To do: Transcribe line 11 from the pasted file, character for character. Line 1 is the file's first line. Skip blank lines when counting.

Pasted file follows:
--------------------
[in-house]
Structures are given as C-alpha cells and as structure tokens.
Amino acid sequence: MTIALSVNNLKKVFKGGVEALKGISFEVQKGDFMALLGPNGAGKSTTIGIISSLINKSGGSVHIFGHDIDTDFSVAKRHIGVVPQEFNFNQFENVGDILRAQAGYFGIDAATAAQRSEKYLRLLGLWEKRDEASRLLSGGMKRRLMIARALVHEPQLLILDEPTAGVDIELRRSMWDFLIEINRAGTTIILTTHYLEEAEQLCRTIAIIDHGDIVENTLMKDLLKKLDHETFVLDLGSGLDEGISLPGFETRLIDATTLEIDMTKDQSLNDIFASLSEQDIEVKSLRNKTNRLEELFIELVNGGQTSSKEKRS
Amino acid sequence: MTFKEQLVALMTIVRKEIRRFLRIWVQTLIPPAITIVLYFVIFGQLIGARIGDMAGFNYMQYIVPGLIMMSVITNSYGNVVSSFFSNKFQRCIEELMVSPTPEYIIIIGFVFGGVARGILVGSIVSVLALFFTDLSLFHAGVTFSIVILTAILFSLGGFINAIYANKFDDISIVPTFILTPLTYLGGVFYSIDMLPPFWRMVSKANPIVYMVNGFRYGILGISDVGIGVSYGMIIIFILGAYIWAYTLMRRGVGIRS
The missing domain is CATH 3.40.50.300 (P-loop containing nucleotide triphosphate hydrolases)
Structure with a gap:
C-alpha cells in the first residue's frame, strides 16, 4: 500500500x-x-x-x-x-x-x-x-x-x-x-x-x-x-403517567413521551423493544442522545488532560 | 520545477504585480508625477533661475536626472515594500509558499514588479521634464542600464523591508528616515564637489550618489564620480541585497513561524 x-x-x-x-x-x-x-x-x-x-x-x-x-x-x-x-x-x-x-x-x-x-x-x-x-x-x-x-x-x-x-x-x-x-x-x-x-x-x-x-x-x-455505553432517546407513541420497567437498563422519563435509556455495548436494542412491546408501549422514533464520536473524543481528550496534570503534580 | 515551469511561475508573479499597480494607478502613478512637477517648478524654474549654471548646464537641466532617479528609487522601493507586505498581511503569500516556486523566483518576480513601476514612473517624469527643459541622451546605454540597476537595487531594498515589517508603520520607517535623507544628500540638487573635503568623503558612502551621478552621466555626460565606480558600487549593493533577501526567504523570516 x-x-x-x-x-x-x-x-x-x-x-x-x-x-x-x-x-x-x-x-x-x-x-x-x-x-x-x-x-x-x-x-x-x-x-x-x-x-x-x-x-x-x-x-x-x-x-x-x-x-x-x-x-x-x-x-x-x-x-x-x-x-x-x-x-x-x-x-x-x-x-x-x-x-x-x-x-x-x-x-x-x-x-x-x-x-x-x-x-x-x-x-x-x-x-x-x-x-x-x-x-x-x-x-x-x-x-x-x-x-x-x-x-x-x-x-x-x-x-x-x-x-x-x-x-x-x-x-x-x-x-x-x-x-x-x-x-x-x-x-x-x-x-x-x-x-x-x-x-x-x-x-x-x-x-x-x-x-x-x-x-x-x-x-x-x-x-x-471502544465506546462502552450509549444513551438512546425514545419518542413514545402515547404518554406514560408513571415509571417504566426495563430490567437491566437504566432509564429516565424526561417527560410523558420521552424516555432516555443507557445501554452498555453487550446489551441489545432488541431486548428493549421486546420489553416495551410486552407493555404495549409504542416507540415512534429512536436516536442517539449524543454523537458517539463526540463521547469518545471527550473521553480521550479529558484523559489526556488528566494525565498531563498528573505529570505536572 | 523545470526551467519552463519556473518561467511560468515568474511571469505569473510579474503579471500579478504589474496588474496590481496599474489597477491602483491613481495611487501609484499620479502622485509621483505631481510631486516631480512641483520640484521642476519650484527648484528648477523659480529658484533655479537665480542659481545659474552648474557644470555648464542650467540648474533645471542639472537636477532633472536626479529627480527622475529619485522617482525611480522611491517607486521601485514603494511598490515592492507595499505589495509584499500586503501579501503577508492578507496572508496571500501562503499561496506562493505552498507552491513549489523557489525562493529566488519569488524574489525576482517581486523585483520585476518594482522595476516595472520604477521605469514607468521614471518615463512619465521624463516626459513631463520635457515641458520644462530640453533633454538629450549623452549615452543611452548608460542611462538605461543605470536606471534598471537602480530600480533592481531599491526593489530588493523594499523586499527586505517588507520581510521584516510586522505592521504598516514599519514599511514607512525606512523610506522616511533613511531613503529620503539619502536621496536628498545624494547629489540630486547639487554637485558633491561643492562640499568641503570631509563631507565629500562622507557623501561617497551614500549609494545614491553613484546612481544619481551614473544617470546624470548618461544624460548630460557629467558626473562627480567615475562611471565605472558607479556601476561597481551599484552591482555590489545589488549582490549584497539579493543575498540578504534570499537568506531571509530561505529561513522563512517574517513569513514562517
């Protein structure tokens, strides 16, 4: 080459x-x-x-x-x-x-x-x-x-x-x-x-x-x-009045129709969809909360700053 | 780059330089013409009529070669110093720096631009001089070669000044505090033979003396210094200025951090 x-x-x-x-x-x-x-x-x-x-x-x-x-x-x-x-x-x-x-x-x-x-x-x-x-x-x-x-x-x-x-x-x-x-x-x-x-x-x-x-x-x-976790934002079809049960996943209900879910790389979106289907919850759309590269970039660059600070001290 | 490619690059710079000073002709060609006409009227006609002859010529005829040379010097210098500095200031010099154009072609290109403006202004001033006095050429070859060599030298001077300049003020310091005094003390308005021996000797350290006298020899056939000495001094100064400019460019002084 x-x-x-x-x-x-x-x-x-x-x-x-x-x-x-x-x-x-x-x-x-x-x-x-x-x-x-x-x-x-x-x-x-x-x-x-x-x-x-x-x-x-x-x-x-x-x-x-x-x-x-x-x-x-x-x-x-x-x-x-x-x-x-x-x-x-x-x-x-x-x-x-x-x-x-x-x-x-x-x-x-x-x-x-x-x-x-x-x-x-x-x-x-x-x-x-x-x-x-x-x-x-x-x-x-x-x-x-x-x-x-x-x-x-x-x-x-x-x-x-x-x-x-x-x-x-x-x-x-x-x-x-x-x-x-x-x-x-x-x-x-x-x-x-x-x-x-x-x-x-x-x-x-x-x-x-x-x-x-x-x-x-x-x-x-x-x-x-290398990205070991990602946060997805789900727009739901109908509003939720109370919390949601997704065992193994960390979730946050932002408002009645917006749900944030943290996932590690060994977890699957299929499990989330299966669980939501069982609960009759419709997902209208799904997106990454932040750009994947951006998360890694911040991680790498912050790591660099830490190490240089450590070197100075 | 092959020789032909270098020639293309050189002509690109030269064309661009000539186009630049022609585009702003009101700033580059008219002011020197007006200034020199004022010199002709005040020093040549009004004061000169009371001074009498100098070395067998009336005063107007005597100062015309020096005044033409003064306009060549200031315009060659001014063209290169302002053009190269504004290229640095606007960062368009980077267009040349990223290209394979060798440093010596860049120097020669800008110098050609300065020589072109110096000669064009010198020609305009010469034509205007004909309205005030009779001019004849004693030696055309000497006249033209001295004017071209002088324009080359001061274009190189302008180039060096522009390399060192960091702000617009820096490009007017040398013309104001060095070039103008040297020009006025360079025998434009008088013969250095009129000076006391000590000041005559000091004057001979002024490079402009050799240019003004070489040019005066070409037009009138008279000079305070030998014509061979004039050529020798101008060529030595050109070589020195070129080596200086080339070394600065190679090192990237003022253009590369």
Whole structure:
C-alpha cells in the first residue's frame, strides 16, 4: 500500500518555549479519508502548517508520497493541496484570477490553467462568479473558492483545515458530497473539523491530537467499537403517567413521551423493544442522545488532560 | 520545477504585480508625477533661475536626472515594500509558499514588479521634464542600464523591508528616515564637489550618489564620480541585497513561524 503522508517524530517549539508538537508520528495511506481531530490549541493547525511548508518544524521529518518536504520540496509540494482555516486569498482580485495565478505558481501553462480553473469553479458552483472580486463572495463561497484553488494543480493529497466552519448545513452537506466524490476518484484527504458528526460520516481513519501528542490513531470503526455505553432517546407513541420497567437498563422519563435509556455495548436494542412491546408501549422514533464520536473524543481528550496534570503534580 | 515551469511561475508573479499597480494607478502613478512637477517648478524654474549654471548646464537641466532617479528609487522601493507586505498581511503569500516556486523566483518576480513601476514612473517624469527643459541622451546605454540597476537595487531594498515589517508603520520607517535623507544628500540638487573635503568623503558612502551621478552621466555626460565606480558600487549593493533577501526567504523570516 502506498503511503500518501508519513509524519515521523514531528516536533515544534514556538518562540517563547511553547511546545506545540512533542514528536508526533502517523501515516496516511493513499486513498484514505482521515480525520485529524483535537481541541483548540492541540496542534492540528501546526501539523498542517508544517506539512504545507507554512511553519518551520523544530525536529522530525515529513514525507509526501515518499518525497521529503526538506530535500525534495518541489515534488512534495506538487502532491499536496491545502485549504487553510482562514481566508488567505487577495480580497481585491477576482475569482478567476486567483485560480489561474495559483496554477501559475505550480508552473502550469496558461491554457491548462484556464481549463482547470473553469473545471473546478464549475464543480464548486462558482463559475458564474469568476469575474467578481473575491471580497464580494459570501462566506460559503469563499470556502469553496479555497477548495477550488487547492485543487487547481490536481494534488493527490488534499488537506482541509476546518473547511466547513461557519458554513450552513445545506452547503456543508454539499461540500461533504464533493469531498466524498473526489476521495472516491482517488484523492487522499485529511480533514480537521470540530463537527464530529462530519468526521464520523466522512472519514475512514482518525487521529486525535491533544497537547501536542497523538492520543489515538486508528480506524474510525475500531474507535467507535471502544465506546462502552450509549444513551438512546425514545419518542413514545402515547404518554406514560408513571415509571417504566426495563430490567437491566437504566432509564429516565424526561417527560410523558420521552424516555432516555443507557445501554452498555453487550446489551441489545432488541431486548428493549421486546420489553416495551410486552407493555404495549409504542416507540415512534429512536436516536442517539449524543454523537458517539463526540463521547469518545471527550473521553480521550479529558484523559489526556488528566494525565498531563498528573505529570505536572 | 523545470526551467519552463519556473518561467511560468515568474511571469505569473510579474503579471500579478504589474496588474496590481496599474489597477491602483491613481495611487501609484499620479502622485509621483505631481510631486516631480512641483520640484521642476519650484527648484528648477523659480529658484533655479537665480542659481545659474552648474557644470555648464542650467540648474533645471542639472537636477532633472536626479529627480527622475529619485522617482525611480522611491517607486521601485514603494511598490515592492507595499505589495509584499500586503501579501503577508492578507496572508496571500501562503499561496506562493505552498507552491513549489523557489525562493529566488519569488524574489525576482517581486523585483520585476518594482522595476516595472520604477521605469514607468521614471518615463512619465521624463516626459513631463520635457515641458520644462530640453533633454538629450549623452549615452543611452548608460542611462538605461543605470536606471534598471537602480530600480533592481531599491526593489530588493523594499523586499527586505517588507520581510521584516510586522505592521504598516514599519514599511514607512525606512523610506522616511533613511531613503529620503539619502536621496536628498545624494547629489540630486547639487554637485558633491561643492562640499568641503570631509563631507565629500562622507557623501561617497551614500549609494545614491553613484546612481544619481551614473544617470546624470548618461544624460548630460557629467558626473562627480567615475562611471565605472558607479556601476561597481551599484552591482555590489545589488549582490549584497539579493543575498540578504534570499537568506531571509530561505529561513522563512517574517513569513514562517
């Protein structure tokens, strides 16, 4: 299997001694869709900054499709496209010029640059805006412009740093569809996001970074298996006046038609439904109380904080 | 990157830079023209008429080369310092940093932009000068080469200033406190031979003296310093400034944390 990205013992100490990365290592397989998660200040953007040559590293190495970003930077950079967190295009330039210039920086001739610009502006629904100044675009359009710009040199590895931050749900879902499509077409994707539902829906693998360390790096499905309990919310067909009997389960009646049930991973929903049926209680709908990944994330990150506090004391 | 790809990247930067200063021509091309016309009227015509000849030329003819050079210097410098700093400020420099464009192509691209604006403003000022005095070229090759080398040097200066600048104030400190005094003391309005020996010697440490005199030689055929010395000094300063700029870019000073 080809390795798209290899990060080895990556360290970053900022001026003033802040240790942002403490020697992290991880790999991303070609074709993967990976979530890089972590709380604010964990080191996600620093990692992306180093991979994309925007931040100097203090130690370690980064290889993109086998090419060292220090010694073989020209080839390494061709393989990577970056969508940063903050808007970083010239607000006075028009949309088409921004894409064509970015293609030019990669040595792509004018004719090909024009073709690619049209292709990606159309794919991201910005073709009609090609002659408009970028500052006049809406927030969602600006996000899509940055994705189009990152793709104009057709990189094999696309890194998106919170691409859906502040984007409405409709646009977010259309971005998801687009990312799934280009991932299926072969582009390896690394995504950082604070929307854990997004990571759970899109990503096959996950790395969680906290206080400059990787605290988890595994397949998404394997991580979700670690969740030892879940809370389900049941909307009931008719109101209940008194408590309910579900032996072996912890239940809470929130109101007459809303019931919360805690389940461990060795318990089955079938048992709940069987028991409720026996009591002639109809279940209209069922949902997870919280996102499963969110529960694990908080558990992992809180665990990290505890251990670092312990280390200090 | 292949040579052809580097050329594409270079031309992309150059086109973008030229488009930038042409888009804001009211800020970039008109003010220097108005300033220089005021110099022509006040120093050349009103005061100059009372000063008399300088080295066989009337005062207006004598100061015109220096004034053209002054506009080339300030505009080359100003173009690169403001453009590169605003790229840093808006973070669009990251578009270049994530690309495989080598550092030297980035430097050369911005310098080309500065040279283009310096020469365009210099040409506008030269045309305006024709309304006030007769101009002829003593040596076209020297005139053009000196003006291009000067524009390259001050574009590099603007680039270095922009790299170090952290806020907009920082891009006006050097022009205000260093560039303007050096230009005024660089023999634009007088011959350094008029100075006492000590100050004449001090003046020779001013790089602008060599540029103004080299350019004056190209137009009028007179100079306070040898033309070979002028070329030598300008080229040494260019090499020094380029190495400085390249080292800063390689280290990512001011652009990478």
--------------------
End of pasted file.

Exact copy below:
């Protein structure tokens, strides 16, 4: 299997001694869709900054499709496209010029640059805006412009740093569809996001970074298996006046038609439904109380904080 | 990157830079023209008429080369310092940093932009000068080469200033406190031979003296310093400034944390 990205013992100490990365290592397989998660200040953007040559590293190495970003930077950079967190295009330039210039920086001739610009502006629904100044675009359009710009040199590895931050749900879902499509077409994707539902829906693998360390790096499905309990919310067909009997389960009646049930991973929903049926209680709908990944994330990150506090004391 | 790809990247930067200063021509091309016309009227015509000849030329003819050079210097410098700093400020420099464009192509691209604006403003000022005095070229090759080398040097200066600048104030400190005094003391309005020996010697440490005199030689055929010395000094300063700029870019000073 080809390795798209290899990060080895990556360290970053900022001026003033802040240790942002403490020697992290991880790999991303070609074709993967990976979530890089972590709380604010964990080191996600620093990692992306180093991979994309925007931040100097203090130690370690980064290889993109086998090419060292220090010694073989020209080839390494061709393989990577970056969508940063903050808007970083010239607000006075028009949309088409921004894409064509970015293609030019990669040595792509004018004719090909024009073709690619049209292709990606159309794919991201910005073709009609090609002659408009970028500052006049809406927030969602600006996000899509940055994705189009990152793709104009057709990189094999696309890194998106919170691409859906502040984007409405409709646009977010259309971005998801687009990312799934280009991932299926072969582009390896690394995504950082604070929307854990997004990571759970899109990503096959996950790395969680906290206080400059990787605290988890595994397949998404394997991580979700670690969740030892879940809370389900049941909307009931008719109101209940008194408590309910579900032996072996912890239940809470929130109101007459809303019931919360805690389940461990060795318990089955079938048992709940069987028991409720026996009591002639109809279940209209069922949902997870919280996102499963969110529960694990908080558990992992809180665990990290505890251990670092312990280390200090 | 292949040579052809580097050329594409270079031309992309150059086109973008030229488009930038042409888009804001009211800020970039008109003010220097108005300033220089005021110099022509006040120093050349009103005061100059009372000063008399300088080295066989009337005062207006004598100061015109220096004034053209002054506009080339300030505009080359100003173009690169403001453009590169605003790229840093808006973070669009990251578009270049994530690309495989080598550092030297980035430097050369911005310098080309500065040279283009310096020469365009210099040409506008030269045309305006024709309304006030007769101009002829003593040596076209020297005139053009000196003006291009000067524009390259001050574009590099603007680039270095922009790299170090952290806020907009920082891009006006050097022009205000260093560039303007050096230009005024660089023999634009007088011959350094008029100075006492000590100050004449001090003046020779001013790089602008060599540029103004080299350019004056190209137009009028007179100079306070040898033309070979002028070329030598300008080229040494260019090499020094380029190495400085390249080292800063390689280290990512001011652009990478």